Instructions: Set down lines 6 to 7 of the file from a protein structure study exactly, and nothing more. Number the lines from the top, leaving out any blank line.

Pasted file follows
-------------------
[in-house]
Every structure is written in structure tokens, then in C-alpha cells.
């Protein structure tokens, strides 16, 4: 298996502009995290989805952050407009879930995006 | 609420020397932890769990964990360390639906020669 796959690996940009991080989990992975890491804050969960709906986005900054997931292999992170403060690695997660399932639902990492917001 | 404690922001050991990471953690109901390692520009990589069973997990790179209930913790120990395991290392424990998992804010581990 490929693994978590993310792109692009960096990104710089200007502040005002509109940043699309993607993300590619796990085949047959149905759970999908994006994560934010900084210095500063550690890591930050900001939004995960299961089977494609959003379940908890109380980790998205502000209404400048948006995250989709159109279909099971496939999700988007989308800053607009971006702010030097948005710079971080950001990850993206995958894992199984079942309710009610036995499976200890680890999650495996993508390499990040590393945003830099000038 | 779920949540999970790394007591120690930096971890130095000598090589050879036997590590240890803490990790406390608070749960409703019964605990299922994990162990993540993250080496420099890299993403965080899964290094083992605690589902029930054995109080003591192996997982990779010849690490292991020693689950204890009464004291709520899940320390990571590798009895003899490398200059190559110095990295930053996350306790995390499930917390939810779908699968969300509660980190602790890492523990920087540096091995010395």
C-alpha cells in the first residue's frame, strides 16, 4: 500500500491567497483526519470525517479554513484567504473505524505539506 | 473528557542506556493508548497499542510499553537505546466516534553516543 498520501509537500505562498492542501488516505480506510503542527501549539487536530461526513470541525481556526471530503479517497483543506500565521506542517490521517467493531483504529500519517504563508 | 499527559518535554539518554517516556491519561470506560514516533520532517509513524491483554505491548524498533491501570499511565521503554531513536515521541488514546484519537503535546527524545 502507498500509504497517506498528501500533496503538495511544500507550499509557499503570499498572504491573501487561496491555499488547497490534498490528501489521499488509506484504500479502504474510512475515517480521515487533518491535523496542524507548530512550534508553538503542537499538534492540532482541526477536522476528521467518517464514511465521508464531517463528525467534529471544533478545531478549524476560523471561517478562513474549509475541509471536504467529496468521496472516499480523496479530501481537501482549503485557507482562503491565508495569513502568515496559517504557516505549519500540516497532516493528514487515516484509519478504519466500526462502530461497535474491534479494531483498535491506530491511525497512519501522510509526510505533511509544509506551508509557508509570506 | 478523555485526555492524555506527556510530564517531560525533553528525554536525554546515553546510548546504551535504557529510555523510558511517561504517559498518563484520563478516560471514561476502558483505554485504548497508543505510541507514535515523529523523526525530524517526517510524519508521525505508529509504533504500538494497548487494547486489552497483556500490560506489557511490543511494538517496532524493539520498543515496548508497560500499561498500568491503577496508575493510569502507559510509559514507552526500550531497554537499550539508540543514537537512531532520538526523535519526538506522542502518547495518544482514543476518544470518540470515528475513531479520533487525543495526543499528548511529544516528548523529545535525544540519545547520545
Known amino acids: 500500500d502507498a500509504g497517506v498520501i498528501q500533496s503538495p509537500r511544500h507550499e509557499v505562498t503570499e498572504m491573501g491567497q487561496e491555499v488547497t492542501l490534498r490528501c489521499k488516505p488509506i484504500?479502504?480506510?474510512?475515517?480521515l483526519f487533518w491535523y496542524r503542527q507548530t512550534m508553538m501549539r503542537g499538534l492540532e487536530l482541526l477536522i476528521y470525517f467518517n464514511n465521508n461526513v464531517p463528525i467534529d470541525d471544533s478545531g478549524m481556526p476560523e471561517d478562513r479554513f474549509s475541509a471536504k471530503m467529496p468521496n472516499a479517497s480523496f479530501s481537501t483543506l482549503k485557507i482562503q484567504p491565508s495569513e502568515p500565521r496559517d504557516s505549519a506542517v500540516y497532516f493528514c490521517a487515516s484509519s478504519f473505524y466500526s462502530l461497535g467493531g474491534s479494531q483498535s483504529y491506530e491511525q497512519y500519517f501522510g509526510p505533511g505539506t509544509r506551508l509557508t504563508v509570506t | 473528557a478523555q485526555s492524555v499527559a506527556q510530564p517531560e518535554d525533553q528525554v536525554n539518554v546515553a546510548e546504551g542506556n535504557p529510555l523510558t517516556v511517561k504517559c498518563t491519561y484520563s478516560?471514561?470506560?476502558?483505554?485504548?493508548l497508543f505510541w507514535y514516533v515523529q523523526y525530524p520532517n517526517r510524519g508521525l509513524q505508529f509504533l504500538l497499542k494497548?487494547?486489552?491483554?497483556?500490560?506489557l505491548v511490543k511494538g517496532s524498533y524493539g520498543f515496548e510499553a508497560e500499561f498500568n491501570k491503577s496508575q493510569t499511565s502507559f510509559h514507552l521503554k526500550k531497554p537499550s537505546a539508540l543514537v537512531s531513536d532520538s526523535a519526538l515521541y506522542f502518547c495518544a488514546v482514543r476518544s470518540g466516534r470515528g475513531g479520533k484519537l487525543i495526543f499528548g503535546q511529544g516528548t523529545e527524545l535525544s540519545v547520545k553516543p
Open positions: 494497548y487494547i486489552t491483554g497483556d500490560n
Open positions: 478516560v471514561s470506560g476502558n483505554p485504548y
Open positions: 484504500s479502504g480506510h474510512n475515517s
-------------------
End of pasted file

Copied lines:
Open positions: 494497548y487494547i486489552t491483554g497483556d500490560n
Open positions: 478516560v471514561s470506560g476502558n483505554p485504548y